Performance of cleantech sector shining through bleak economic outlook

3 September 2012

Business leaders in the cleantech sector remain very positive about their prospects for growth over the next 12 months according to the latest research from the Grant Thornton International Business Report (IBR). The global survey finds the sector expanding rapidly despite pervading economic uncertainties such as the eurozone crisis.

The IBR survey indicates that net 68% of cleantech businesses expect to increase revenues over the next 12 months compared with 52% of businesses globally. Similarly, net 62% expect profits to rise compared with just 38% globally. Moreover, cleantech leaders appear to be investing in the long-term growth of their businesses: 52% expect to increase R&D spend over the next 12 months and 51% plan to invest more in plant & machinery, both well above the global averages.

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This optimism is borne out by the growth rates experienced in the sector over recent years. According to a recent WWF report , the sector globally expanded by 31% per annum in 2009 and 2010. Although it slowed to 10% in 2011, this is still well above average GDP growth rates. In China the sector grew from $17.5 billion to $71.3 billion between 2008 and 2011, a rise of 77%. In the United States, the sector expanded by 17% between 2010 and 2011 to $46.3 billion.

Nathan Goode, global leader cleantech at Grant Thornton said: “The cleantech sector continues to demonstrate remarkable rates of growth, with economies such as China increasingly playing a leading role. Global economic uncertainty is weighing on short-term business growth prospects but the data suggests that dynamic businesses in the cleantech sector are willing to invest in bold growth plans to boost competitiveness.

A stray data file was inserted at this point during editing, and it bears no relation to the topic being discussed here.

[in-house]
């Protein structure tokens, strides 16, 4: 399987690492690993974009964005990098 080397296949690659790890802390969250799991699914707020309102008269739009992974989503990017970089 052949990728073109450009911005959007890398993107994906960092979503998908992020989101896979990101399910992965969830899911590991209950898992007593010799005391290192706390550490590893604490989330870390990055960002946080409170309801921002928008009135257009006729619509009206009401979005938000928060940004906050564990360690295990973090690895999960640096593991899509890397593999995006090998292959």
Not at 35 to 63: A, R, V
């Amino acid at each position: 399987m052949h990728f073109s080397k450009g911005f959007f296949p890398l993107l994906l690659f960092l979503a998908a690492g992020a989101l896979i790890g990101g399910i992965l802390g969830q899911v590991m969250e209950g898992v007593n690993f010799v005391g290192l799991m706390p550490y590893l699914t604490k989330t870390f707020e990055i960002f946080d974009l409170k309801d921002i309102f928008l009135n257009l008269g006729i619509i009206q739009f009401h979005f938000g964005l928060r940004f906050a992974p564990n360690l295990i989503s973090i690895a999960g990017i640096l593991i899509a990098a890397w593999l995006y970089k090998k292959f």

“Demand for cleantech products and services is fairly robust. China, the United States and Europe account today for around 50% of total global output, but their share of cleantech output is nearer to 75% so we would expect them to drive future innovation and growth.”

The major constraint on expansion for cleantech businesses emerges as regulations/red tape, cited by 41% of businesses, compared to the all-sector average of 34%. A lack of skilled workers is cited as a growth constraint by a further 38% of businesses in the sector, ten percentage points up on the all-sector average. This scarcity of talent perhaps explains why 79% of businesses are offering workers a pay rise over the next 12 months, compared with just 68% of all businesses.

Nathan Goode added: “Cleantech is still a relatively young sector so it not surprising to see innovation outgrowing talent. However, with unemployment rates high, particularly in many mature markets, rapid growth in the sector clearly offers an opportunity for economies to boost employment and output. 

“Governments can help in this regard through targeted industry and energy policies. For example in South Korea, R&D and manufacturing incentives as well as energy efficiency and renewable energy targets have been introduced to attract investment.”

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Notes to editors
The Grant Thornton International Business Report (IBR) provides insight into the views and expectations of over 12,000 businesses per year across 40 economies. This unique survey draws upon 20 years of trend data for most European participants and 10 years for many non-European economies. For more information, please visit: .

Data collection
Data collection is managed by Grant Thornton International's core research partner -Experian. Questionnaires are translated into local languages with each participating country
having the option to ask a small number of country specific questions in addition to the core questionnaire. Fieldwork is undertaken on a quarterly basis. The research is carried out primarily by telephone.
IBR is a survey of both listed and privately held businesses. The data for this release are drawn from interviews with 3,000 businesses across all industry sectors in May/June 2012. 123 interviews were conducted with cleantech businesses. The target respondents are chief executive officers, managing directors, chairmen or other senior executives.